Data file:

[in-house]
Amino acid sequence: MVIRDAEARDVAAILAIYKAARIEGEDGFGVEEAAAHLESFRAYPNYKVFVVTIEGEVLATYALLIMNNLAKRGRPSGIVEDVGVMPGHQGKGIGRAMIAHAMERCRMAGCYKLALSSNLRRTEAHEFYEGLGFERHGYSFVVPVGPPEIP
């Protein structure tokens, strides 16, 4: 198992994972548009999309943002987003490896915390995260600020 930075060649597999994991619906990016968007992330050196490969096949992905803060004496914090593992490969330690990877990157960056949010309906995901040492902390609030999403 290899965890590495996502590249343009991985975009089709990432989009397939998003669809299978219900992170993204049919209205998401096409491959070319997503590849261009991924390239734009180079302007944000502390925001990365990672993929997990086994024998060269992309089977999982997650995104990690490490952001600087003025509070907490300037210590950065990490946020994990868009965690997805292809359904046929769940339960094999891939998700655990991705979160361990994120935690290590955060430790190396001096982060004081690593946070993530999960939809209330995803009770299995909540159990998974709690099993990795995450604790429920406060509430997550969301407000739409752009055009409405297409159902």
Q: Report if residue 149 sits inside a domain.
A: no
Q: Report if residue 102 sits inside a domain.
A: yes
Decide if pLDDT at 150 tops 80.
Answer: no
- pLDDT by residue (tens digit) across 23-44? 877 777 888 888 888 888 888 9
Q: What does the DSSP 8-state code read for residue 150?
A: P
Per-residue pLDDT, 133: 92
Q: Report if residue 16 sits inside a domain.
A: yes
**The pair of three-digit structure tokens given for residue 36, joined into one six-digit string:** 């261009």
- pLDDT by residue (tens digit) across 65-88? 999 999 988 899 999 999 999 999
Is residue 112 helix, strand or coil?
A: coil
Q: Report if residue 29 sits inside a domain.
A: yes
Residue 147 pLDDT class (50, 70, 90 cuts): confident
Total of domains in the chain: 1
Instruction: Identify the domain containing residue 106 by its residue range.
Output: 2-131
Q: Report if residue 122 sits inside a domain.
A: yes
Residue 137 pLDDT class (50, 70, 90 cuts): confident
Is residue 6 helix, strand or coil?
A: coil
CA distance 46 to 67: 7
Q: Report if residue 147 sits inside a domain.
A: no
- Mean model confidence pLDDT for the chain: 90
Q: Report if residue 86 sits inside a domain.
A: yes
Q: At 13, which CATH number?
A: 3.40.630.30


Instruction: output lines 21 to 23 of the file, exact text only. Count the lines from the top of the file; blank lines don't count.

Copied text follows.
A: yes
Residue 147 pLDDT class (50, 70, 90 cuts): confident
Total of domains in the chain: 1